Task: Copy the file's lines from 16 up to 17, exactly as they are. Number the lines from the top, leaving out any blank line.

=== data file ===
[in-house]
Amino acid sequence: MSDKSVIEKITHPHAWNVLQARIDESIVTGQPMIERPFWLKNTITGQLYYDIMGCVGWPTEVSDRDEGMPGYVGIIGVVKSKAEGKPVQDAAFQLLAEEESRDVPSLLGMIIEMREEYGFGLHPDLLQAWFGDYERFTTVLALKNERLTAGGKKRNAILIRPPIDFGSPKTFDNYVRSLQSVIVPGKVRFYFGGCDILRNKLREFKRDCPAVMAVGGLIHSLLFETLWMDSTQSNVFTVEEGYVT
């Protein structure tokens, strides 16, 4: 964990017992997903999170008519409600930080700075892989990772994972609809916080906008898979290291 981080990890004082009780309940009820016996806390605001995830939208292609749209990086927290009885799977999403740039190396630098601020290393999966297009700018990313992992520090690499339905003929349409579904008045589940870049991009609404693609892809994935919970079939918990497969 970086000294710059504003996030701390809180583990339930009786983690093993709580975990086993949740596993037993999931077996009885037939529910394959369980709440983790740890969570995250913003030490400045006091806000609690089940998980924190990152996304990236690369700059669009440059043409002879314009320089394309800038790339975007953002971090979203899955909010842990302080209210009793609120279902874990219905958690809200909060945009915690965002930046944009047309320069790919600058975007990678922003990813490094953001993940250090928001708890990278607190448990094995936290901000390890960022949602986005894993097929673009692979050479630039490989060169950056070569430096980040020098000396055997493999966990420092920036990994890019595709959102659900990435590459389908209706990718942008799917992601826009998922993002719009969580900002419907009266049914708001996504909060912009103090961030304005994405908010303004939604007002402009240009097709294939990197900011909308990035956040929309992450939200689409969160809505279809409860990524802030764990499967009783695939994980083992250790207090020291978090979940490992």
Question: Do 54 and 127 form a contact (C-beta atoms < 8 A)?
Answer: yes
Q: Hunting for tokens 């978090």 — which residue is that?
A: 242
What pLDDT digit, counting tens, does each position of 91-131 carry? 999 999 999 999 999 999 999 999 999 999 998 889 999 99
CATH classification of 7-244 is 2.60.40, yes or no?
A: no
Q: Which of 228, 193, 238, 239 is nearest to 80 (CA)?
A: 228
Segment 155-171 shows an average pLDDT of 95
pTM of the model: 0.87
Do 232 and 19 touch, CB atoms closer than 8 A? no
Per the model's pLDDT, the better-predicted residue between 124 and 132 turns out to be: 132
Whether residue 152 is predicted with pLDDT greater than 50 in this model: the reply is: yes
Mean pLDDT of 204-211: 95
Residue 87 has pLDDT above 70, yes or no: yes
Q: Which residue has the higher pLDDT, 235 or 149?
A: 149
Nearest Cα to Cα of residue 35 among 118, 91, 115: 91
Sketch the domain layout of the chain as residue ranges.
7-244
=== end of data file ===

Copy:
Per the model's pLDDT, the better-predicted residue between 124 and 132 turns out to be: 132
Whether residue 152 is predicted with pLDDT greater than 50 in this model: the reply is: yes